California applies the pure comparative negligence theory. This means a plaintiff can receive compensation for an injury, even if they’re 99% at fault for causing it. So imagine a jury awarding a plaintiff $100,000 for a severed index finger. But if the jury also finds that the plaintiff was 95% at fault for causing the severed finger, then the plaintiff can still recover $5,000.
Besides level of fault, other factors can play a role in total compensation for a finger injury:
- Lasting effects of the finger injury. If there’s pain and suffering for a few months, a plaintiff would get less compensation than if there’s pain and suffering that lasts for decades. Also, the more painful the injury, the more compensation is possible.
- Type of finger that was injured. Most people understand that having an injured middle finger can hinder someone’s professional and personal life more than a pinky. Or a thumb injury could be more debilitating than a ring finger injury.
- If the injured finger is on the dominant hand. Generally speaking, losing the use of a finger in the dominant hand is a more significant injury than the non-dominant hand.
- If the person with an injured finger is married. California allows spouses to bring loss of consortium claims. Your spouse would start a loss of consortium claim, not you, but it still adds to the total compensation that’s possible from your finger injury.
- The injured person’s occupation. The more the injury affects an individual’s ability to work, the more damages they can potentially recover.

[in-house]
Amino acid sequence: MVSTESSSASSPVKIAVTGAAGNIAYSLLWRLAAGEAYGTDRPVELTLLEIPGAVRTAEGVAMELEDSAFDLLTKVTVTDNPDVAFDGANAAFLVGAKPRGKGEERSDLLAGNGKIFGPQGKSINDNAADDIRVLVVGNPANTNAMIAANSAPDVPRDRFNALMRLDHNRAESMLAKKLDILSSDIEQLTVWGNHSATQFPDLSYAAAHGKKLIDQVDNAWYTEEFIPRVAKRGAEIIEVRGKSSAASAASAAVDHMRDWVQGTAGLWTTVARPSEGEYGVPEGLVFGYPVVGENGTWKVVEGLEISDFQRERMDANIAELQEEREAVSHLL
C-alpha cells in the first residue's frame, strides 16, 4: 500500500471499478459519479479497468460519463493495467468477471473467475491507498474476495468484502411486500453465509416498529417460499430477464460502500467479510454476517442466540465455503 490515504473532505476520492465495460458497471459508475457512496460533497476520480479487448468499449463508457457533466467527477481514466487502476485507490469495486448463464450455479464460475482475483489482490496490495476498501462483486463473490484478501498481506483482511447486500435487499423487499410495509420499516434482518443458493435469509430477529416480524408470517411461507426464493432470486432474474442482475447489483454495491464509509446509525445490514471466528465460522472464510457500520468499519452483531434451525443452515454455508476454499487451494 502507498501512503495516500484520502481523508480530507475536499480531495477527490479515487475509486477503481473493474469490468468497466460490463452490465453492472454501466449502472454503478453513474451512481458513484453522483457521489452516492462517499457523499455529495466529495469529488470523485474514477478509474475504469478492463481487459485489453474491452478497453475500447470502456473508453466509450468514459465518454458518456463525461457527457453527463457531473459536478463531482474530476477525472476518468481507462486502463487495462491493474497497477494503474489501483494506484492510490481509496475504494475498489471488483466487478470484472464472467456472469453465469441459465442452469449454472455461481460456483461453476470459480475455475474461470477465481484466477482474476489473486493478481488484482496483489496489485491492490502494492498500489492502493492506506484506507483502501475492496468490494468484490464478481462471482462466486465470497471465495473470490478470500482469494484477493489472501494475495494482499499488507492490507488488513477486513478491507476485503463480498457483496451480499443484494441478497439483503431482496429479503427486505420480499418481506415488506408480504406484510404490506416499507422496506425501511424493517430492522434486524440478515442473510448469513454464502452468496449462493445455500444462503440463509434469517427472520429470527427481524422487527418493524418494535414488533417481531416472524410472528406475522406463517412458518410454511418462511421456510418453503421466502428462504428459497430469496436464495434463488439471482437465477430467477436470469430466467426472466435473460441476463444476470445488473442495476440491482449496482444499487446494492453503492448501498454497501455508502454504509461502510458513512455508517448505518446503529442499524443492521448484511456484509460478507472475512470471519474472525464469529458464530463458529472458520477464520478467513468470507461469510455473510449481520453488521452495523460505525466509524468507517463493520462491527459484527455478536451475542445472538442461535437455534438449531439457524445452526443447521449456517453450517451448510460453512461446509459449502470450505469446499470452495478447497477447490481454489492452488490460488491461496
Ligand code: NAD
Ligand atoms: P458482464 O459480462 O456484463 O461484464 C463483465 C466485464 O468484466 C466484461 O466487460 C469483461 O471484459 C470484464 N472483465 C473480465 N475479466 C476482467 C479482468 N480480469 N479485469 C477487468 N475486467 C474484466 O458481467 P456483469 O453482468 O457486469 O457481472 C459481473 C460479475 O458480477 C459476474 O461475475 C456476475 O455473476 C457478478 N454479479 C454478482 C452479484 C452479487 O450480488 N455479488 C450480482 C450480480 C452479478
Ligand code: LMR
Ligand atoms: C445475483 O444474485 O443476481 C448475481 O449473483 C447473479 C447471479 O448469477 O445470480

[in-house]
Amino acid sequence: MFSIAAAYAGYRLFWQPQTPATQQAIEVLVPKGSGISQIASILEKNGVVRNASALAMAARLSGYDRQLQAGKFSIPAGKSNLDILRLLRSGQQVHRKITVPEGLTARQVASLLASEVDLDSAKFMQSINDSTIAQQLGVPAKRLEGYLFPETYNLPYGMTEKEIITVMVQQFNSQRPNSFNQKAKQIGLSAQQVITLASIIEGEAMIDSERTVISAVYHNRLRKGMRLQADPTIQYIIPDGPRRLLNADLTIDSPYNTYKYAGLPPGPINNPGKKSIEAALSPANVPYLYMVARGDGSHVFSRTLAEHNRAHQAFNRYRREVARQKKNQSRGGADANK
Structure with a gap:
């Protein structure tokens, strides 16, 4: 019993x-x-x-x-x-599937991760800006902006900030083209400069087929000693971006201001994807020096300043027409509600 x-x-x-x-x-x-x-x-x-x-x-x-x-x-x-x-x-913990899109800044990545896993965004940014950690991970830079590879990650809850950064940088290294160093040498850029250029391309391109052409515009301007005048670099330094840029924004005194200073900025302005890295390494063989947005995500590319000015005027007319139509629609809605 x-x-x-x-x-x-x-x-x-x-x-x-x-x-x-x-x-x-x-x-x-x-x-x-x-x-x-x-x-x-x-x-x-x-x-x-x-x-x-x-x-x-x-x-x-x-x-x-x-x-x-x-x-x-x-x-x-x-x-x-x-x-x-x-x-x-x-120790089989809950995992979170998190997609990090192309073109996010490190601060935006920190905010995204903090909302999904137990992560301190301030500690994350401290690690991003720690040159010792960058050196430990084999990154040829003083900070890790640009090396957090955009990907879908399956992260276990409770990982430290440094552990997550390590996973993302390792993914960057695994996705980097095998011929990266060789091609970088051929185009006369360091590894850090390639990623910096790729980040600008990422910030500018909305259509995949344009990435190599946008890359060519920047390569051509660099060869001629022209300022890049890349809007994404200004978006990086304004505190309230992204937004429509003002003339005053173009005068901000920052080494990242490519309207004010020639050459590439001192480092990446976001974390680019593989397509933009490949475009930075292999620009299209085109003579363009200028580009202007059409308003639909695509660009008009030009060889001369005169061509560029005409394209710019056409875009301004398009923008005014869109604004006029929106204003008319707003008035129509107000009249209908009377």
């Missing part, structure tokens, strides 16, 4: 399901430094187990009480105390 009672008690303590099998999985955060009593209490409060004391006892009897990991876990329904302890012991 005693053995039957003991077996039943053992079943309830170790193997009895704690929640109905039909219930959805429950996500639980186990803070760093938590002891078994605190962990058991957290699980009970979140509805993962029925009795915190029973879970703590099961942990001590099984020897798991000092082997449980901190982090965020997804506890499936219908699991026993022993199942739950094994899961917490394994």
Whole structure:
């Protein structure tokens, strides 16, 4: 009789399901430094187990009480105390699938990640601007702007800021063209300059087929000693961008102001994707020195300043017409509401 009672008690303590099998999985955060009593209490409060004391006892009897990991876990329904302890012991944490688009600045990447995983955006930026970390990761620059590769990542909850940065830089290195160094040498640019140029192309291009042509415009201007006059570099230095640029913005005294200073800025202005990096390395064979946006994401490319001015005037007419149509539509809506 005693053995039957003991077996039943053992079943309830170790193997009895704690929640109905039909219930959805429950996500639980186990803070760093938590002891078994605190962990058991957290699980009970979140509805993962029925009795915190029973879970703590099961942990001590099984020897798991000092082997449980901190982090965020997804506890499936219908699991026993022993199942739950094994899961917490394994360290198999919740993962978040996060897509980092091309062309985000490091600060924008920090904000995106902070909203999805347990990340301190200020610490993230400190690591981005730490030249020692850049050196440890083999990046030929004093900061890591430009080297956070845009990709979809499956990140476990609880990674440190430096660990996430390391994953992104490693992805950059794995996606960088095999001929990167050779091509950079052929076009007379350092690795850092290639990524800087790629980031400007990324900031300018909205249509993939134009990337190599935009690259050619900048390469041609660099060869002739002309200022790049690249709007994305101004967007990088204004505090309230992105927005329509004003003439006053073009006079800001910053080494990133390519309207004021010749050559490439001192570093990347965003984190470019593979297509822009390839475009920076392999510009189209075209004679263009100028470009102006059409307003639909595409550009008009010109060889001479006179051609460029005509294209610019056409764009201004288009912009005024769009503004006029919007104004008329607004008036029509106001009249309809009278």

- How the injured finger affects the individual’s daily living. If the injured person has to give up a lifelong hobby or time with kids because of the finger injury, they may receive more in compensation than if nothing notable changes in his or her daily life.
- The number of fingers fully or partially amputated. As you might expect, more fingers that get injured will result in a greater damage award or settlement.
- Extent of medical care to treat the finger. The more medical treatments required to fix the finger injury, the more the legal claim will be worth.
These last two factors can play a major role in the total amount of compensation available. In one case, a plaintiff received an $8 million verdict when a detective conveyer belt led to the plaintiff undergoing 12 surgeries and losing three fingers.
Time limits for finger injury compensation claims?
If the injured party wants to file a workers’ compensation claim, they will normally have 30 days to inform the employer of the injury. However, if someone suffered a finger injury due to a slip, trip or fall or perhaps a road traffic accident, then they will have far longer to seek personal injury compensation.
California has a two-year statute of limitations for personal injury compensation legal claims. So if you injured your finger on January 5, you have exactly two years from that day to sue the person or entity responsible.
There are situations where courts will extend this two year statute of limitations. But there’s never a guarantee that the court will grant the request. And if they do, they will often only do so for a compelling or sympathetic reason.
For instance, the plaintiff was under the age of 18 at the time of the injury or the defendant left the state of California before the plaintiff could sue them.